NH Tech Alliance

Do you want to protect your wealth, ensure your family is secure, and enjoy your retirement years with peace of mind?

It is vital to start planning now. As a founder or entrepreneur, it is especially important to have a thoughtful financial plan that will build a solid foundation to support growth and protect assets, ensuring your financial success now and into the future.

The first consideration for estate planning is to gain clarity about your purpose and legacy. For many families, this part of planning can be challenging to tackle. It’s often easier to look at investments, understand tax strategies, make decisions and execute than it can be to define what success looks like for your family and focus on the steps that will support you to get there, particularly when most of your time and focus is on building your business.

The next, and possibly most important step in estate planning is ensuring that you have basic estate documents in place. As your wealth grows, the financial stakes become higher if something happens to you and you don’t have the appropriate documents. There are at least three estate planning documents that every entrepreneur should have in place and review periodically:

Power of attorney

This document appoints a trusted family member, friend, or advisor as your “attorney-in-fact” to handle financial items on your behalf, if needed. This can include signing tax returns, depositing checks, handling banking/credit accounts, etc. It is crucial that you trust the person you appoint in this document as they will have financial authority over your assets.

Health care proxy with a HIPAA provision

A health care proxy appoints a trusted family member or friend to make medical decisions on your behalf if you are unable. If it includes a living will, it can also indicate your preferences on treatment in various circumstances, but the ultimate decision is left in the agent’s hands.

Last will and testament

The last will and testament accomplishes a number of things:

• It appoints an executor (also called a personal representative) to handle the administration of the assets of your estate at your death.

• It states what should be done with your assets at your death. Often, the Will instructs that all assets be sent to your revocable trust, which contains the details about the ultimate disposition of your estate.

• If you have minor children, it names who should be responsible for them in your stead.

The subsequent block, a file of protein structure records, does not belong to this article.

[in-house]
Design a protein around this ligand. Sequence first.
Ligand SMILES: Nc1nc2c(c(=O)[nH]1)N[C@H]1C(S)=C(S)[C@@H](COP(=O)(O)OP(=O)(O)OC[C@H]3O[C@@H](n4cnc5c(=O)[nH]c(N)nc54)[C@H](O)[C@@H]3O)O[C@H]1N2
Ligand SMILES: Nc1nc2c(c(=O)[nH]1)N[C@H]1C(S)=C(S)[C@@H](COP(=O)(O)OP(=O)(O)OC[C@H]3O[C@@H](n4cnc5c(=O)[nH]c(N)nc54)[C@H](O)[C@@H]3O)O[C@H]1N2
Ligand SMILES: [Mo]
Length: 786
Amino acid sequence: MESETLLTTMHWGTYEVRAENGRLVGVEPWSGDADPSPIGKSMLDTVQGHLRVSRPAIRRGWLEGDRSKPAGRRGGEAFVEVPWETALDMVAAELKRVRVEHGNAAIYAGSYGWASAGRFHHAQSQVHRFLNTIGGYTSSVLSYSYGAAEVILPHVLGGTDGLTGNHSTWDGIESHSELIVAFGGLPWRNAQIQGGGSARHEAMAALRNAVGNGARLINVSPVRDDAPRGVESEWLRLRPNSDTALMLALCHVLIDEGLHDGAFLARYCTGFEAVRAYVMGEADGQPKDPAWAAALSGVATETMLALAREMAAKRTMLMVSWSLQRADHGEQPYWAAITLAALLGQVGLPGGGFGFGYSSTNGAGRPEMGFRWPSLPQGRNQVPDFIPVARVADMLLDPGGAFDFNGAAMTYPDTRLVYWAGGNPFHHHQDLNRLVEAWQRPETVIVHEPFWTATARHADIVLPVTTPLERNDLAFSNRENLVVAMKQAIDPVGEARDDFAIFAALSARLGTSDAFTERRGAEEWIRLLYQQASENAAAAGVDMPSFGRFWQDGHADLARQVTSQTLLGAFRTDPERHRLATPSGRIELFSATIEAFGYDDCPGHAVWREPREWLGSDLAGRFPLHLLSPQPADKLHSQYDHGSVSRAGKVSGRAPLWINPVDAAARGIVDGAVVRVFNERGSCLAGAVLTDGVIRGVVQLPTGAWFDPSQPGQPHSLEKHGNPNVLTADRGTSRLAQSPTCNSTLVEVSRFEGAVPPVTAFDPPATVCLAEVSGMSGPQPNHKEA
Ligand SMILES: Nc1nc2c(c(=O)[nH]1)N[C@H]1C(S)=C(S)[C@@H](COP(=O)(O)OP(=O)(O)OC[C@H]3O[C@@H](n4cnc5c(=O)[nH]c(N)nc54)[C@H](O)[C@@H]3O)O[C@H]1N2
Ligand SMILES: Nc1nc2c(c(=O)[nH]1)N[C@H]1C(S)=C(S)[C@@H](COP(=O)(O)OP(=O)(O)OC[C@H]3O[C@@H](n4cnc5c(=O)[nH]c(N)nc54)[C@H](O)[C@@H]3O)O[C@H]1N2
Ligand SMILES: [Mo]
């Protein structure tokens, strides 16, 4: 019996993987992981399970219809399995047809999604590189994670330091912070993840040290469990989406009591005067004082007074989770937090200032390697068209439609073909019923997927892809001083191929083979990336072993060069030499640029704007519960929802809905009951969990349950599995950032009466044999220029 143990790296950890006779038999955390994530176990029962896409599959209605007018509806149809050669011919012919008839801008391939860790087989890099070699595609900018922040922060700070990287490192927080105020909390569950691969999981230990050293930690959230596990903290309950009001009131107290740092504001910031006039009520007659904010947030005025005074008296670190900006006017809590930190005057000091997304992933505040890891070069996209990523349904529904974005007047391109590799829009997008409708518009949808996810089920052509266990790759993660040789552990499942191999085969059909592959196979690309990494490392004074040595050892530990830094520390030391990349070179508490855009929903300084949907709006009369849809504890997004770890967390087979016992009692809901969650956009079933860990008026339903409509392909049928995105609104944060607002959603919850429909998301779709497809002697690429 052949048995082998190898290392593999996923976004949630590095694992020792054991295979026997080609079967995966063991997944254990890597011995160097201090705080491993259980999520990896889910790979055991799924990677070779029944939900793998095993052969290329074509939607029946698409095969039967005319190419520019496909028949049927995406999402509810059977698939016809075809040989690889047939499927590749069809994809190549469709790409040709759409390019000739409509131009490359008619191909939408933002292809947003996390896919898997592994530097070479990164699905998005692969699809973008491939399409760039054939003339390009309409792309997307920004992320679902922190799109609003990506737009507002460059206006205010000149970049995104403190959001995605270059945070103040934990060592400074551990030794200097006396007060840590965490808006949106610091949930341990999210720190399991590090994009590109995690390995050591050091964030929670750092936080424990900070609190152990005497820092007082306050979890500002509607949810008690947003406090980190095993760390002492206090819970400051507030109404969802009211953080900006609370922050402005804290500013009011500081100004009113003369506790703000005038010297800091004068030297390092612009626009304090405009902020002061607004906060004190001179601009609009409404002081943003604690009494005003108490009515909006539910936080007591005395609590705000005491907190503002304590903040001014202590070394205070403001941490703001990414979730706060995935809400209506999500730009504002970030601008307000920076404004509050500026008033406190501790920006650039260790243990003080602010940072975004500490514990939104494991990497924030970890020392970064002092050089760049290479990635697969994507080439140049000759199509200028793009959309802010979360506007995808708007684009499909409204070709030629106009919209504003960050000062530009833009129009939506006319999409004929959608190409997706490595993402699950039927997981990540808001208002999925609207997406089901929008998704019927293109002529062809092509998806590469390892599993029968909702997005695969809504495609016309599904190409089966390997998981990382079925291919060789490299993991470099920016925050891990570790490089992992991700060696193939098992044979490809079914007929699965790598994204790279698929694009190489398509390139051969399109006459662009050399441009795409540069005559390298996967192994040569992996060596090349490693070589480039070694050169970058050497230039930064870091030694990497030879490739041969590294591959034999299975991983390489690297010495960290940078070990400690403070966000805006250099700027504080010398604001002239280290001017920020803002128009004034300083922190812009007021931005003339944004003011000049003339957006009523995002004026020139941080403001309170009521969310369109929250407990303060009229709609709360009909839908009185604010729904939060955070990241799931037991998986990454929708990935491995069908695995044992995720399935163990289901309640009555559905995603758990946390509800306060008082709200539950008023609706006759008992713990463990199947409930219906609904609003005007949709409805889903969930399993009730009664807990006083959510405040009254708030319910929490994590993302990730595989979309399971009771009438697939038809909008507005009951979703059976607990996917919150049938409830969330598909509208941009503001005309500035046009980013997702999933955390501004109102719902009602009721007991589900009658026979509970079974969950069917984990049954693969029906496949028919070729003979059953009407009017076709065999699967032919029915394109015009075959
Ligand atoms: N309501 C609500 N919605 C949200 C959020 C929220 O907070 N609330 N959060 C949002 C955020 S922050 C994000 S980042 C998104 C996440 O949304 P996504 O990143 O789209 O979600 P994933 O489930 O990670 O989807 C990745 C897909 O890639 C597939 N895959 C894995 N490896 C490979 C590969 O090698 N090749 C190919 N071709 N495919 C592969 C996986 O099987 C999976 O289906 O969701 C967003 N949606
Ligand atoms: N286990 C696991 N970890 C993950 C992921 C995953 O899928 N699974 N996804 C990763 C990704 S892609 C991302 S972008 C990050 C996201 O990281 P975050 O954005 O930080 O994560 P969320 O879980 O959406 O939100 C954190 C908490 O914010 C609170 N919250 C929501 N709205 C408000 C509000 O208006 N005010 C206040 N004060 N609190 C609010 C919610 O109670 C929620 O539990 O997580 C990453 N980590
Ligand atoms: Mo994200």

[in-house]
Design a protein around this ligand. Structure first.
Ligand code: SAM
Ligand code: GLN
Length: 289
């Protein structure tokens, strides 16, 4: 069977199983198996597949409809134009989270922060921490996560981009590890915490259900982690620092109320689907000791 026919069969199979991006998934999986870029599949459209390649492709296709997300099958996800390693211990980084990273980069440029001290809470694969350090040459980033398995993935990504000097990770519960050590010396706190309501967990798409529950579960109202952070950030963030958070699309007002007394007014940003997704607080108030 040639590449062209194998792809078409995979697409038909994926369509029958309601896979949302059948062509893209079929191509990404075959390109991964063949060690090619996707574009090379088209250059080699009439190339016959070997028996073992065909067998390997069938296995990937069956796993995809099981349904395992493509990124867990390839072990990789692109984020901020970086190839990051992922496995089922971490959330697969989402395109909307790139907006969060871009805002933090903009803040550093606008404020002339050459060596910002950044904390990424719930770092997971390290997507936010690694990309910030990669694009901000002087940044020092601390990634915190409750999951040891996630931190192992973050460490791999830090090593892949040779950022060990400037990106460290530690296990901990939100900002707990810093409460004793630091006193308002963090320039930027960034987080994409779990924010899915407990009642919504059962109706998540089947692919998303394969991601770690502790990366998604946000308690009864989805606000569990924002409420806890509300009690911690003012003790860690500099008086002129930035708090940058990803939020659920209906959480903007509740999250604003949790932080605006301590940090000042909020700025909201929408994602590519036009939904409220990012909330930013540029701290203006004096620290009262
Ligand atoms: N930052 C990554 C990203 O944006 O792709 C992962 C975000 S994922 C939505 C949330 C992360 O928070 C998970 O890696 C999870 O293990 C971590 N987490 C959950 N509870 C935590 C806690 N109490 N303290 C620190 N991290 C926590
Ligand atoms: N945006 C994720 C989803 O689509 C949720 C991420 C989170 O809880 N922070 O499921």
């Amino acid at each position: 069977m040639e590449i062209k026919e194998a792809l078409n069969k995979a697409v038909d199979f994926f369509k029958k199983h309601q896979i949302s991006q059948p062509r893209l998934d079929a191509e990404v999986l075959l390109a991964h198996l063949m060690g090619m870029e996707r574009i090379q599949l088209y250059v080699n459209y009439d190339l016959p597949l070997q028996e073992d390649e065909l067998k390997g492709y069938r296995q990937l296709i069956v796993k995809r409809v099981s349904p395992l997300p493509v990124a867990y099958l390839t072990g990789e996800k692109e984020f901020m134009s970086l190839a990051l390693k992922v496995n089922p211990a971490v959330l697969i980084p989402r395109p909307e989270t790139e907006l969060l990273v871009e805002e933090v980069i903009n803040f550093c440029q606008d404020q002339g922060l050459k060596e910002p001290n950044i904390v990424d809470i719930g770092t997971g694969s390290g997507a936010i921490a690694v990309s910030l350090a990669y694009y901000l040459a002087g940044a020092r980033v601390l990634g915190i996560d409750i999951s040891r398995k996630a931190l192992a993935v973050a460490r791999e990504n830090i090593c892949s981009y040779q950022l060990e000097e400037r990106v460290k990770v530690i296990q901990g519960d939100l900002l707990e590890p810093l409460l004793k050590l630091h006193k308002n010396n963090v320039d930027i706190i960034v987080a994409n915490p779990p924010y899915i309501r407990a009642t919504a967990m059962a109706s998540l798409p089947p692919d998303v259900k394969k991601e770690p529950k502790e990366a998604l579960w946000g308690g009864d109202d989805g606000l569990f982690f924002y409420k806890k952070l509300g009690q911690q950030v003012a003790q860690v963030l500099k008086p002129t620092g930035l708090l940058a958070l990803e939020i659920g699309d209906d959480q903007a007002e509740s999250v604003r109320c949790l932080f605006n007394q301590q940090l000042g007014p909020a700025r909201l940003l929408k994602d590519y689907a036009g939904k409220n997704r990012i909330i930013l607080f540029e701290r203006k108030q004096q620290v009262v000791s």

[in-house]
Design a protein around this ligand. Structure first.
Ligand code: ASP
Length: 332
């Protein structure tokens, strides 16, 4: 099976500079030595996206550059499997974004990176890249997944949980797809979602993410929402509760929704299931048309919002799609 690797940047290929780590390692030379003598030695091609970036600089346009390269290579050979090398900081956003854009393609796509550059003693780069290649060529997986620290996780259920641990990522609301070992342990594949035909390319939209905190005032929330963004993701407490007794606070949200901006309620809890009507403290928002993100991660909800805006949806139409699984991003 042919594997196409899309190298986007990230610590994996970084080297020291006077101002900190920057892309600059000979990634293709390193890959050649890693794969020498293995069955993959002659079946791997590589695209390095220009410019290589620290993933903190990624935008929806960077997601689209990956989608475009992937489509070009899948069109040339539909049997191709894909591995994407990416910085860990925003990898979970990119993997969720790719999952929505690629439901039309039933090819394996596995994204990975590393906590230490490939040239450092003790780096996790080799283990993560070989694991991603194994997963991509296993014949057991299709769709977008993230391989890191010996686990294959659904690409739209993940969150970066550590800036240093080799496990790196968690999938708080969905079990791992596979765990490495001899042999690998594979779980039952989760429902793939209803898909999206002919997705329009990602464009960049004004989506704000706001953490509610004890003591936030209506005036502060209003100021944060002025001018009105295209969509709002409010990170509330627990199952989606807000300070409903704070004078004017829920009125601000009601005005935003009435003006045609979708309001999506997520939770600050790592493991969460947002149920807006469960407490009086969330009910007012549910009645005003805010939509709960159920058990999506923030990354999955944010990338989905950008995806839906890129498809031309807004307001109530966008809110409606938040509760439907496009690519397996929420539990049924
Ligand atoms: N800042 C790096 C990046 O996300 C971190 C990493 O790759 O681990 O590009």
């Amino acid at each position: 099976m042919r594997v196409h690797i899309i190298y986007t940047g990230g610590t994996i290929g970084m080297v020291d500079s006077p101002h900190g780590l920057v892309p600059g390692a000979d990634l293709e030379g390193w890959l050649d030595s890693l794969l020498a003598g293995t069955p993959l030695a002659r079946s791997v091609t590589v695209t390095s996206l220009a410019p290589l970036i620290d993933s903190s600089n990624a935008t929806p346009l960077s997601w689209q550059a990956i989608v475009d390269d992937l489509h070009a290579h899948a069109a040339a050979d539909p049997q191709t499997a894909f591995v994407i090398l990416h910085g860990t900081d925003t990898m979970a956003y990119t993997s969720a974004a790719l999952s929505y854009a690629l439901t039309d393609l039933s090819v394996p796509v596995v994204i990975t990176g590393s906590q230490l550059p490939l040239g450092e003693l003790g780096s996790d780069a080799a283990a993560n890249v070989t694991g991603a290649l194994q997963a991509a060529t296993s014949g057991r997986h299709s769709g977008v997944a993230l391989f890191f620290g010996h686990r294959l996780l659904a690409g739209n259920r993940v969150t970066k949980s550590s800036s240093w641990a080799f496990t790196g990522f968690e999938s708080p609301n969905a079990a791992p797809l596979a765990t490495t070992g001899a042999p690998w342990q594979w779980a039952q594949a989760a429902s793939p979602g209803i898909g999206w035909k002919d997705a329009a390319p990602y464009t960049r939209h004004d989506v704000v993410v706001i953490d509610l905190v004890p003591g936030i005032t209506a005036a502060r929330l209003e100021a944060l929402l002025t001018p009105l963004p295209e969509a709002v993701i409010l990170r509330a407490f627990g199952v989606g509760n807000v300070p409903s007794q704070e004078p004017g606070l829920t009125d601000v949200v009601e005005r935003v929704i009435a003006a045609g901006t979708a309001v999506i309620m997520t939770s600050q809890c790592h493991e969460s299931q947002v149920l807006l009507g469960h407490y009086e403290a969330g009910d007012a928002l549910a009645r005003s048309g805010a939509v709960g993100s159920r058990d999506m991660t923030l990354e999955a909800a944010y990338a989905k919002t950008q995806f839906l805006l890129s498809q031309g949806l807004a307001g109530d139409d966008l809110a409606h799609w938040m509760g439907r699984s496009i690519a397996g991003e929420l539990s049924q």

The consequences of not having a will are that your resident state’s intestate laws will dictate where your assets go (typically outright to your spouse, else your children, else your parents/siblings).

It is important to note that in order to avoid probate you will need to consider a different approach, such as a revocable trust.

Trusts come in several varieties, including revocable (changeable) and irrevocable (unchangeable). There are a number of benefits to establishing a trust rather than just a Will. First, assets titled in the name of a trust can avoid probate after your death, meaning your heirs can avoid spending a significant amount of time and money.

Second, a trust provides a measure of privacy that a Will cannot. Probate is a public process and probate documents are readily available to the public. However, if you have your estate administered through a trust, that information can remain private.

Lastly, trusts offer a greater degree of flexibility than just a Will. After probate, your heirs receive their share of your estate all at once. However, a trust allows you to name a trustee who can manage the assets of your trust until the time, you believe your beneficiaries should have access to the wealth.

Your business is your legacy and without an estate plan you are putting that legacy at risk. By failing to plan ahead, you may leave your family, business and assets unprotected.

For more information on this topic, please join partners from Lake Street Advisors, Melissa, Carolyn, and Joe for a webinar with New Hampshire Tech Alliance at 10 a.m. July 22, as they detail the essential estate planning documents, from wills, to health care proxies, to powers of attorney, to revocable and irrevocable trusts.

They’ll identify each document’s purpose, major components, and practical issues to consider. In addition, they will discuss common estate planning issues and opportunities unique to founders and entrepreneurs (such as funding Irrevocable Trusts, QSBS income tax planning techniques, etc.).

Melissa Olszak is a partner with Lake Street Advisors, a wealth management firm. She can be contacted at melissa@lakestreetadvisors.com.

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